The sun’s magnetic north and south magnetic poles are expected to reverse over the next few months. We’ve witnessed only a few such reversals and are not entirely sure what effects they may cause. Read more for an explanation of what we do know about solar and terrestrial magnetic field reversals.
We’ve just passed the northern autumn equinox when the length of the night begins to overtake the length of the day. During this transition, the sun rises due east and sets due west and geosynchronous satellites lose solar power for part of their orbit as the earth eclipses the sun.
For unknown reasons, displays of northern and southern lights (Aurora Borealis and Aurora Australis) tend to occur more often during the equinoxes.
At this time of the year, the earth’s equator is parallel to the plane of the earth’s orbit. The sun’s north pole is on the left side of the rising sun and on the right side of the setting sun. Like the earth’s magnetic pole, the sun’s magnetic pole isn’t perfectly aligned with its spin axis and its magnetic field has a complex shape and is subject to unpredictable changes and pulsations.
The earth’s magnetic field is thought to be caused by the electric currents generated by the movement of molten iron and other metals in the earth’s core. The sun’s magnetic field comes from the movement of conductive plasma within the sun’s interior. Because the conductive fluid dynamos which power these magnetic fields are chaotic, both the sun and the earth are subject to occasional magnetic pole reversals.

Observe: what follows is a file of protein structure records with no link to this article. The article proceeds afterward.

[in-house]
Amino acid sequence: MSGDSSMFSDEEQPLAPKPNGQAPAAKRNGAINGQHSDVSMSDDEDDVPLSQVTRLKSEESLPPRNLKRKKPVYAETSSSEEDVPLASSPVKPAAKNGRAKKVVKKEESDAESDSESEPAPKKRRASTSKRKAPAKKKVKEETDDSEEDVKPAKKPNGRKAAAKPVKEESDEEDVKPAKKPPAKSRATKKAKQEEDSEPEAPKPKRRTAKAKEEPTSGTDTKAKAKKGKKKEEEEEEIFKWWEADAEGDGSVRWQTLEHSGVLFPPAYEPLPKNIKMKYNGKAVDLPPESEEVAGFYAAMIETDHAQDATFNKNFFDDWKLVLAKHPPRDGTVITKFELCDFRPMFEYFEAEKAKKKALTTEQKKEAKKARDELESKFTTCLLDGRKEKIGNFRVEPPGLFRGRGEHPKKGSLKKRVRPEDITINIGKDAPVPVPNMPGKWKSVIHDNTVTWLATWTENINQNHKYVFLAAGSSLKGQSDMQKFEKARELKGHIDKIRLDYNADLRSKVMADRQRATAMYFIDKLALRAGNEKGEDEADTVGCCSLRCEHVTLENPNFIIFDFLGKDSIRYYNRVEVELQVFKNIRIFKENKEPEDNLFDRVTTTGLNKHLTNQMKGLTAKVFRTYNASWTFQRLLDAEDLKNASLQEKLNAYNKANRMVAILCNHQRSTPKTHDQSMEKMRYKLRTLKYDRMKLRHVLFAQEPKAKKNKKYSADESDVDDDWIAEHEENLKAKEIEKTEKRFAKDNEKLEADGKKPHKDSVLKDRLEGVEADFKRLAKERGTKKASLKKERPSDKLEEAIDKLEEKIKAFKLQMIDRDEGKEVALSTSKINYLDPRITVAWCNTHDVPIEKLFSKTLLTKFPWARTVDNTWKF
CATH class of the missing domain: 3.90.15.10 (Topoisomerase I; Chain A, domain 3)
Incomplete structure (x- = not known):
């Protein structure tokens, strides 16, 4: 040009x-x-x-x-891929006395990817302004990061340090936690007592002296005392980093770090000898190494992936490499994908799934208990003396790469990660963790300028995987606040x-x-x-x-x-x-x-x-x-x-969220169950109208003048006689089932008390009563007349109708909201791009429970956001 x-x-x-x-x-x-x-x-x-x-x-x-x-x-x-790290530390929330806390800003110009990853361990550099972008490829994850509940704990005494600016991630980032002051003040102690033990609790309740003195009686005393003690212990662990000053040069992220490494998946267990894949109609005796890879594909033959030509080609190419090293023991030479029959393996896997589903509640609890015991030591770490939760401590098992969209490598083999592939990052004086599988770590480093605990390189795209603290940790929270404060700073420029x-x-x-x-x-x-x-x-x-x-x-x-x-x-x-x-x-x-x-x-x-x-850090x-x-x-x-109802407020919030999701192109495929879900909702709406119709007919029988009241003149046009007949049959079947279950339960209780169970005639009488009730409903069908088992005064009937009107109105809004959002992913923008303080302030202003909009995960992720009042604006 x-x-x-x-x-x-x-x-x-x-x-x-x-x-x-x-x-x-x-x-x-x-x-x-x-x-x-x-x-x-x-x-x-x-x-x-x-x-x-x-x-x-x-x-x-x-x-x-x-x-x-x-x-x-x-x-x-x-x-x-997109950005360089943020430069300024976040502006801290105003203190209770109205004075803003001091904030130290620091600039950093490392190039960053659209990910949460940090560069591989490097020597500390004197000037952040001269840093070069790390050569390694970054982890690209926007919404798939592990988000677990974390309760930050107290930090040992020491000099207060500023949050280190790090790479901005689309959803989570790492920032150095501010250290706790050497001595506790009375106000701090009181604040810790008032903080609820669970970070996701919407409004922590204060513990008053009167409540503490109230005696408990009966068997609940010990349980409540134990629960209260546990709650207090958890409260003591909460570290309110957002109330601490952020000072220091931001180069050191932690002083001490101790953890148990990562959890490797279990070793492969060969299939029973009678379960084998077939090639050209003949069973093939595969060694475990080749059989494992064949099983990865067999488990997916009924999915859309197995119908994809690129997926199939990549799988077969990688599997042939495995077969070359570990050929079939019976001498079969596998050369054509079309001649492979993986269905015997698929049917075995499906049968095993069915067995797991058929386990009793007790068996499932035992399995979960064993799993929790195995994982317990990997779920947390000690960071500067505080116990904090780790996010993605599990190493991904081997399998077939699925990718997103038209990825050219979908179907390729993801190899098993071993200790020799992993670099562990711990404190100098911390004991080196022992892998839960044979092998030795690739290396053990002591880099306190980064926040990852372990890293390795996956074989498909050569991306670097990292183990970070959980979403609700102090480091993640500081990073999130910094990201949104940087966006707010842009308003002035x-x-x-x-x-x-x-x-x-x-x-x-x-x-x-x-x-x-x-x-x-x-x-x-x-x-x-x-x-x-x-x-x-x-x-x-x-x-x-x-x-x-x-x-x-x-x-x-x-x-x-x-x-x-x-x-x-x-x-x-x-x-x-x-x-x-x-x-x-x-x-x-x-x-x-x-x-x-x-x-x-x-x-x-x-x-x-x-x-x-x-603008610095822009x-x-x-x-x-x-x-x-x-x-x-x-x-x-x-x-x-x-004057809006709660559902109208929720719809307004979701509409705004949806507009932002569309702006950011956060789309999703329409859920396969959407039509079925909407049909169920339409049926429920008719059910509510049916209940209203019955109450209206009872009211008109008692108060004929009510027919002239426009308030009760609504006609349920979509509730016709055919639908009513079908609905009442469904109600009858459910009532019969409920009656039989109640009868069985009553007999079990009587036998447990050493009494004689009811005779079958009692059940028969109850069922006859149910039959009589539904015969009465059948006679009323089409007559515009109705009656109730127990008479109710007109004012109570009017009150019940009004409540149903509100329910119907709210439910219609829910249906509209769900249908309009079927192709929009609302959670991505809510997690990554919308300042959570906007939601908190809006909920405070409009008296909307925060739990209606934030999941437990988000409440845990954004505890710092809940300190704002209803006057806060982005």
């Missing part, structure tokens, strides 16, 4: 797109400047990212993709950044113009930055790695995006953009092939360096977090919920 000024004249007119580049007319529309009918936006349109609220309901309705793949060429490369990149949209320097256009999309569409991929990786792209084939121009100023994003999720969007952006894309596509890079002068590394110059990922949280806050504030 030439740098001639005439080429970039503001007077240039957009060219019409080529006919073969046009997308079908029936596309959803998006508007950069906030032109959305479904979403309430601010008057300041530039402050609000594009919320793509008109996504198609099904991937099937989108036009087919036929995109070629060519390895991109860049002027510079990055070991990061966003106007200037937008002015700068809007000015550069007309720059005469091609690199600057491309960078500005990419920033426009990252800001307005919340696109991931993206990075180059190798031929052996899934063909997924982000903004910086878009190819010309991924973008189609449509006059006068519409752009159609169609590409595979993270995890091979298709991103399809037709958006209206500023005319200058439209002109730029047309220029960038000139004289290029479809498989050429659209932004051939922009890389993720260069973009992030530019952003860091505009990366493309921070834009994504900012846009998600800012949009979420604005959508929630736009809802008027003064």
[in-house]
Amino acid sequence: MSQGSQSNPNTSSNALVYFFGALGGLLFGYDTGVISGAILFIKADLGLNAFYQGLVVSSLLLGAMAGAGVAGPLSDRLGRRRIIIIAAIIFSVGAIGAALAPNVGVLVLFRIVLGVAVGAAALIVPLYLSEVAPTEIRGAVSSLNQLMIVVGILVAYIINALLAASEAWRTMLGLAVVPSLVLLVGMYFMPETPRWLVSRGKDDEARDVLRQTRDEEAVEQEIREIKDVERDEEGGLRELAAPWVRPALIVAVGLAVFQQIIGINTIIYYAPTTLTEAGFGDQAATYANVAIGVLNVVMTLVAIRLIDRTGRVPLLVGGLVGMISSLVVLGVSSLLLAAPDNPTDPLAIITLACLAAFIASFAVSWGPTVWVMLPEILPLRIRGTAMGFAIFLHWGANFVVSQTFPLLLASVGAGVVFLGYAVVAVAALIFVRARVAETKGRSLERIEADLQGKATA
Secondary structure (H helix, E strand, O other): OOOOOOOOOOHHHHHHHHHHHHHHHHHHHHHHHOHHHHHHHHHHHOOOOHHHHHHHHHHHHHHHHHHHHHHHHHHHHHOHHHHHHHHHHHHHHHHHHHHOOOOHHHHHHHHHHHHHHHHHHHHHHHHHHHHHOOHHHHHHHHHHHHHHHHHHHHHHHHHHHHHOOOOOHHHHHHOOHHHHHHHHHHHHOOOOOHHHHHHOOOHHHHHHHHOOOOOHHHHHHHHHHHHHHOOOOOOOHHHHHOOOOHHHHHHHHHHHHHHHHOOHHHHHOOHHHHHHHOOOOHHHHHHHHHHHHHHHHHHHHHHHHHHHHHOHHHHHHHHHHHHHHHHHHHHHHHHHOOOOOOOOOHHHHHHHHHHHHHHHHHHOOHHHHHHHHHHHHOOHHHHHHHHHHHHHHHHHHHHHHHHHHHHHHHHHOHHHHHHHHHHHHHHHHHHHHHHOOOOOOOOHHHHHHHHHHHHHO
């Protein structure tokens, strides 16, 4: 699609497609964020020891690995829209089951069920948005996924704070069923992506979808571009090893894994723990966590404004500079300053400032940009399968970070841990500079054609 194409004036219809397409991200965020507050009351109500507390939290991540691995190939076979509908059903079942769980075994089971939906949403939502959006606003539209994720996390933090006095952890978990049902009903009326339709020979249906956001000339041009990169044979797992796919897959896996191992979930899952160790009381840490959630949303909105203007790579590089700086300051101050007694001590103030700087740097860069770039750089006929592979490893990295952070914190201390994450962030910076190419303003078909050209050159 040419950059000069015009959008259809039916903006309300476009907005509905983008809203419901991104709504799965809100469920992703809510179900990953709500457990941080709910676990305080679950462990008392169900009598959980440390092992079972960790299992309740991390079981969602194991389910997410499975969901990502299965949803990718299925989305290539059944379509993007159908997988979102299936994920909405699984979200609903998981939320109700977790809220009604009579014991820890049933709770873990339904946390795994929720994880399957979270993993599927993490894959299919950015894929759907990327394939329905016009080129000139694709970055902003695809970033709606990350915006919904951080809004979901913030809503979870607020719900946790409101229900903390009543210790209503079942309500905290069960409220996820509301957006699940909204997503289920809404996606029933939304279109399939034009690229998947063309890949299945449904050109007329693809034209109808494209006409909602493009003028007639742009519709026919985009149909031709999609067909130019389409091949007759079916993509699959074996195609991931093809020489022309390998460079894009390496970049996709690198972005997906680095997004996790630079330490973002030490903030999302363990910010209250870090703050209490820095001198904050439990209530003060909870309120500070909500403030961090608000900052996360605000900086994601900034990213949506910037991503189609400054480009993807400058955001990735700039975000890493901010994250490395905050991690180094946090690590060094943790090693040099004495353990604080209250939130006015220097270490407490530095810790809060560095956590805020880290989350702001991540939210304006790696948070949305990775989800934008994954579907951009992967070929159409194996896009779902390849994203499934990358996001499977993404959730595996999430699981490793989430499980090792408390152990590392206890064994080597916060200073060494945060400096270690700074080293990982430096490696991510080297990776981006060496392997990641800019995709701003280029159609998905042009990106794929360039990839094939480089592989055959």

Earth magnetic field reverses only about once every 200,000 to 300,000 years. It is thought that when earth’s magnetic field weakens during these geomagnetic flips, earth is exposed to higher levels of cosmic radiation. We’re long overdue for such a reversal, so it is expected within the next 2000 years.
The sun’s magnetic field reverses much more frequently by comparison, about once every 11 years during the peak of each solar activity cycle. Fortunately, scientists expect only minor effects from a solar magnetic flip.
Geomagnetic storms which can impact telecommunications and spark aurora displays might be slightly more common during solar magnetic pole flips. But we’ve been tracking the solar magnetic field since 1976. The sun may surprise us during its fourth observed magnetic pole flip. Keep an eye on spaceweather.com for more details.
Solar corona image with magnetic fields from the atmospheric imaging assembly website.